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Home HPV Vaccines HPV Vaccines HPV Vaccine Updates

HPV Vaccine Updates

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The Advisory Committee on Immunization Practices (ACIP) made official its provisional recommendations regarding permissive use of Gardasil in males to prevent external genital warts. The provisional guidance was issued in October 2009, shortly after FDA licensed Gardasil for use with males ages 9-26. “Permissive” use means, essentially, the vaccine can be given at the health care provider’s discretion. The Committee recommends routine use of the vaccine with girls and young women ages 9-26, and this stronger recommendation is primarily based on issues of cost-effectiveness and the fact HPV-related diseases disproportionately affect females.

ACIP also made official its provisional recommendations for use of GSK’s bivalent Cervarix HPV vaccine in females ages 10-26. As with the Merck vaccine, Cervarix is recommended for the prevention of cervical, vulvar, and vaginal pre-cancers and cancers.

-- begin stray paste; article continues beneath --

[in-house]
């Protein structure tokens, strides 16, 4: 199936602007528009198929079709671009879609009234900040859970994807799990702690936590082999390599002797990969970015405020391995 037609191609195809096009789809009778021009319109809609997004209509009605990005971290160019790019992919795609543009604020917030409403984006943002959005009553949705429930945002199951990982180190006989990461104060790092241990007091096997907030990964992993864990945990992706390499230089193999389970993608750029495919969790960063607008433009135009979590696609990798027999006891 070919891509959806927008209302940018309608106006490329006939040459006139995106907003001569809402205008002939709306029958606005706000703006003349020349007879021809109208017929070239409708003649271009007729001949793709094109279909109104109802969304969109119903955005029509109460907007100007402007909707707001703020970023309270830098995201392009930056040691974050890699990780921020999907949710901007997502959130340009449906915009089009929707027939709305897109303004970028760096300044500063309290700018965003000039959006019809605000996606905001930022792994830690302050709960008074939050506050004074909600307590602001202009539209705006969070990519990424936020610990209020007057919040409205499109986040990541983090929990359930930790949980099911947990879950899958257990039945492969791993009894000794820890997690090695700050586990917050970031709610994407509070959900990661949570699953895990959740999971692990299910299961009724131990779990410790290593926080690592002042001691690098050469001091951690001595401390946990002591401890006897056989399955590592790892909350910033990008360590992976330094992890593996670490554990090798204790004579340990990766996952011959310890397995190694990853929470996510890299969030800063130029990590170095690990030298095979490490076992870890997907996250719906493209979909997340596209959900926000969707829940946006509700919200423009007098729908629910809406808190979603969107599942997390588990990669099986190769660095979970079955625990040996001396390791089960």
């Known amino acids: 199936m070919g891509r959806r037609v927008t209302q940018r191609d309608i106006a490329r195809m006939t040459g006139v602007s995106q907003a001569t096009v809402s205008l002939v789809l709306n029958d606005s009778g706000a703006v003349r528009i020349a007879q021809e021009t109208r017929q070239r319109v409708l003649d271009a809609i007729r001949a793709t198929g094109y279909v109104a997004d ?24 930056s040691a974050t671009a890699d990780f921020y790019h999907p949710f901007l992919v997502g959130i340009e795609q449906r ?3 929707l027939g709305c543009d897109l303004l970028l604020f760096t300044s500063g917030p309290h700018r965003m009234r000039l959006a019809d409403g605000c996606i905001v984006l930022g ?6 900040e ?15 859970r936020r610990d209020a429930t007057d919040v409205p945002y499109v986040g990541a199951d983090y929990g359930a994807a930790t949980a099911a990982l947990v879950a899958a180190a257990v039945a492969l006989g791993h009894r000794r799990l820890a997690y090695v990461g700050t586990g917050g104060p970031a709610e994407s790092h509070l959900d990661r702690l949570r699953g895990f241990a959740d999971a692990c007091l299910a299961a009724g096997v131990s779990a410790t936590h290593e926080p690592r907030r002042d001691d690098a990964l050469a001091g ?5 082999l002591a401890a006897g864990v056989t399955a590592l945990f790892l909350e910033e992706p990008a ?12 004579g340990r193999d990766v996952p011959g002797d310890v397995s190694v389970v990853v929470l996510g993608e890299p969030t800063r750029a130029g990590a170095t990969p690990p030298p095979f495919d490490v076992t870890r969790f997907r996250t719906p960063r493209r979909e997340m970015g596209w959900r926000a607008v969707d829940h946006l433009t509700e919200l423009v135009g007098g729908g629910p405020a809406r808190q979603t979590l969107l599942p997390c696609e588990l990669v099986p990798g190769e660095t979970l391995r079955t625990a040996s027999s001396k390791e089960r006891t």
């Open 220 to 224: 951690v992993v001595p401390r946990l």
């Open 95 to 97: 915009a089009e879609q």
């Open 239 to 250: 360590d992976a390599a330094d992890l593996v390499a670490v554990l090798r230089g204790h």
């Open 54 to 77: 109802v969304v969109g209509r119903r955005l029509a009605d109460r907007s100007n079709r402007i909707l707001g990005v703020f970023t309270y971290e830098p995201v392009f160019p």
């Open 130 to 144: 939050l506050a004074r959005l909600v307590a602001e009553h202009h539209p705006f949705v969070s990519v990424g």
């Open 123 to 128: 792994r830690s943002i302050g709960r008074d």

Organized by the Centers for Disease Control and Prevention (CDC), ACIP is the main body that makes vaccine program recommendation in the U.S., and many professional medical organizations follow the committee’s lead and are strongly influenced by its counsel.

Merck to Seek Indication for MSM

A report in Medscape Oncology (Mulcahy, March 2010) says Merck plans to submit an application to the FDA seeking approval for use of its HPV vaccine, Gardasil, with men who have sex with men (MSM). While the company didn’t state the specific indication they’ll seek for use with MSM, many observers believe it will involve the prevention of anal precancers and/or cancers. Findings presented at the European Research Organization on Genital Infection and Neoplasia (EUROGIN) meeting in February showed that in clinical trials with 598 gay men, Gardasil was 77.5 % effective in preventing cell changes known as anal intraepithelial neoplasia (AIN) related to the HPV types covered by the vaccine. Anal cancer is fairly uncommon, and the American Cancer Society estimates about 5,300 new cases occur in the U.S. each year. The CDC says the risk of the disease in gay and bisexual men is 17 times greater than heterosexual men. HPV 16, which is covered by the vaccine, is the HPV genotype most strongly associated with anal cancer. Click to read more about Merck data on AIN.